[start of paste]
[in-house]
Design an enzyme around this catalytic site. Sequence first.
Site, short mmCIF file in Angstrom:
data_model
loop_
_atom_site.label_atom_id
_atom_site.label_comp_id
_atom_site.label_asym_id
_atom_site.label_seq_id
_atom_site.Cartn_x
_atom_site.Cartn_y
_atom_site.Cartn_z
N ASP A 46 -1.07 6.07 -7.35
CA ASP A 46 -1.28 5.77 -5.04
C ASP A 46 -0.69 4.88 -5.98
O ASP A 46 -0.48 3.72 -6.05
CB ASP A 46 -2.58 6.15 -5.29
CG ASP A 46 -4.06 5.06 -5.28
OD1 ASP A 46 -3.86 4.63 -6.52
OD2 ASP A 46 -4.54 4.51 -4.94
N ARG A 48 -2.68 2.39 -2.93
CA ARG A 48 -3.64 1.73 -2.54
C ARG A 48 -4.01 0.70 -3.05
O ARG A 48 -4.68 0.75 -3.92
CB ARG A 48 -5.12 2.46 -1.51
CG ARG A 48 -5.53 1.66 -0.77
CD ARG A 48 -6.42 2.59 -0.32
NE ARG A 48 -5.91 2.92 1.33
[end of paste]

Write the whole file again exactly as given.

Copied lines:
[in-house]
Design an enzyme around this catalytic site. Sequence first.
Site, short mmCIF file in Angstrom:
data_model
loop_
_atom_site.label_atom_id
_atom_site.label_comp_id
_atom_site.label_asym_id
_atom_site.label_seq_id
_atom_site.Cartn_x
_atom_site.Cartn_y
_atom_site.Cartn_z
N ASP A 46 -1.07 6.07 -7.35
CA ASP A 46 -1.28 5.77 -5.04
C ASP A 46 -0.69 4.88 -5.98
O ASP A 46 -0.48 3.72 -6.05
CB ASP A 46 -2.58 6.15 -5.29
CG ASP A 46 -4.06 5.06 -5.28
OD1 ASP A 46 -3.86 4.63 -6.52
OD2 ASP A 46 -4.54 4.51 -4.94
N ARG A 48 -2.68 2.39 -2.93
CA ARG A 48 -3.64 1.73 -2.54
C ARG A 48 -4.01 0.70 -3.05
O ARG A 48 -4.68 0.75 -3.92
CB ARG A 48 -5.12 2.46 -1.51
CG ARG A 48 -5.53 1.66 -0.77
CD ARG A 48 -6.42 2.59 -0.32
NE ARG A 48 -5.91 2.92 1.33